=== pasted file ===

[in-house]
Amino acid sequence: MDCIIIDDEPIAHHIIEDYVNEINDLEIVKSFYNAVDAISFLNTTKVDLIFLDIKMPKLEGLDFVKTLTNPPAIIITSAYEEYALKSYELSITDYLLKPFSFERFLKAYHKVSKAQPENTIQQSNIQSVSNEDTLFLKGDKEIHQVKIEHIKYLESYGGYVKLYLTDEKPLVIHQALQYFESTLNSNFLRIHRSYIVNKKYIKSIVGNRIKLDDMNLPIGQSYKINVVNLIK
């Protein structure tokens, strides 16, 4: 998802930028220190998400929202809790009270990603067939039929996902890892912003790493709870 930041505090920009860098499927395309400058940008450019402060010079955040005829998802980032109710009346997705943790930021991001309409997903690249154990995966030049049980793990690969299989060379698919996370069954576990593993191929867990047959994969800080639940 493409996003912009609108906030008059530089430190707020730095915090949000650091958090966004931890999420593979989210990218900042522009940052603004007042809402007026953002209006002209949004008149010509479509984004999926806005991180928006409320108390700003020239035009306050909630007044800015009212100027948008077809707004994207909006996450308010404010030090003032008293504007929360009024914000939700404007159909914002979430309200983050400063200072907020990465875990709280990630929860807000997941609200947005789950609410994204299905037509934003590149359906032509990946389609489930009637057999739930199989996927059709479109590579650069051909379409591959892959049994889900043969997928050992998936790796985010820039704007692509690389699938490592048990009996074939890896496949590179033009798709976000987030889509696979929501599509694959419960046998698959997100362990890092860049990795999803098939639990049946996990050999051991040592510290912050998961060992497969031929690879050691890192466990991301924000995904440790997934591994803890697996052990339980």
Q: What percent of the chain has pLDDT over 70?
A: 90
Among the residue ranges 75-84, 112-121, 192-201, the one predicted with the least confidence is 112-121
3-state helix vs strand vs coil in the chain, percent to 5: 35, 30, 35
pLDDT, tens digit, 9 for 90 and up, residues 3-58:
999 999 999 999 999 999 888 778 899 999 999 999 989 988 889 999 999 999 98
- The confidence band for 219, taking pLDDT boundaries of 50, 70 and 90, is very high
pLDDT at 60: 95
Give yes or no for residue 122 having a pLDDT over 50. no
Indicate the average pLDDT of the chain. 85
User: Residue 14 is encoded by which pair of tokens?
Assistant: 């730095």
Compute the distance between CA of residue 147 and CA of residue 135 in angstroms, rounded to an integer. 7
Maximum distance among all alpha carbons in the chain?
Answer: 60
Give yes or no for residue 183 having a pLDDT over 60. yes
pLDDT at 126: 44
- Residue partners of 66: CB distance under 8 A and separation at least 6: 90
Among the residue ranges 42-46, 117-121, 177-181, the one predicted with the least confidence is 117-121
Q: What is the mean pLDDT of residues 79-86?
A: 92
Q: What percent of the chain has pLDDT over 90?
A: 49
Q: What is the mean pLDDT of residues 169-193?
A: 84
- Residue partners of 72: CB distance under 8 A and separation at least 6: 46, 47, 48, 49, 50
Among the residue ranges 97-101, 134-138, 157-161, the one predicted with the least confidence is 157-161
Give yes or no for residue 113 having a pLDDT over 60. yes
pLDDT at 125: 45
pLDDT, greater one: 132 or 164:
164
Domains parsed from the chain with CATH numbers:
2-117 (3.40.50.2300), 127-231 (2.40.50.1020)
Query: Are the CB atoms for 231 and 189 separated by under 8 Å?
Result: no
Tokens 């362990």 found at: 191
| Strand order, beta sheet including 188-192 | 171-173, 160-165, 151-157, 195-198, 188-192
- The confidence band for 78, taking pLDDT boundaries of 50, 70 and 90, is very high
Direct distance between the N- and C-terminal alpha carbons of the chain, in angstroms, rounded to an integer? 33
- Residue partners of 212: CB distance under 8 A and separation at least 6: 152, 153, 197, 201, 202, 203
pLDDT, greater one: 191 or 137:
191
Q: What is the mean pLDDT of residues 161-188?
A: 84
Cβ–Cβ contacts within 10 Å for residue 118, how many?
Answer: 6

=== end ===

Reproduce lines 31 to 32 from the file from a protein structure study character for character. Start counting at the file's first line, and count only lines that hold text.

Give yes or no for residue 113 having a pLDDT over 60. yes
pLDDT at 125: 45